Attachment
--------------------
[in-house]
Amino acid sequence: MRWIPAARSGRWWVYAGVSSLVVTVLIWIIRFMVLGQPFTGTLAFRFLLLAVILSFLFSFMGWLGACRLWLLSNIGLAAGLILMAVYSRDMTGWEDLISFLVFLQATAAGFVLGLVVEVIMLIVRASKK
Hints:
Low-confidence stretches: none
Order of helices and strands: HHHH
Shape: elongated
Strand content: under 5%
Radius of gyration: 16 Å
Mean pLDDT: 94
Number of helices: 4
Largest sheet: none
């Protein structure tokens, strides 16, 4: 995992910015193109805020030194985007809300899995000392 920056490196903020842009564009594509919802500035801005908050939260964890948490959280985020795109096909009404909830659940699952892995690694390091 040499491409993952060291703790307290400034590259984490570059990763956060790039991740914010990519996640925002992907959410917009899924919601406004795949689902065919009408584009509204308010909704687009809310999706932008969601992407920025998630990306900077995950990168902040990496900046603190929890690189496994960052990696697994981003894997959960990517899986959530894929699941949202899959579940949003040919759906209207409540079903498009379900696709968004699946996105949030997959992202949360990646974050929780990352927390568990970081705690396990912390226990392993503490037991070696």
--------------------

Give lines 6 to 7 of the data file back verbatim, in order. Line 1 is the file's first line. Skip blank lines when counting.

Shape: elongated
Strand content: under 5%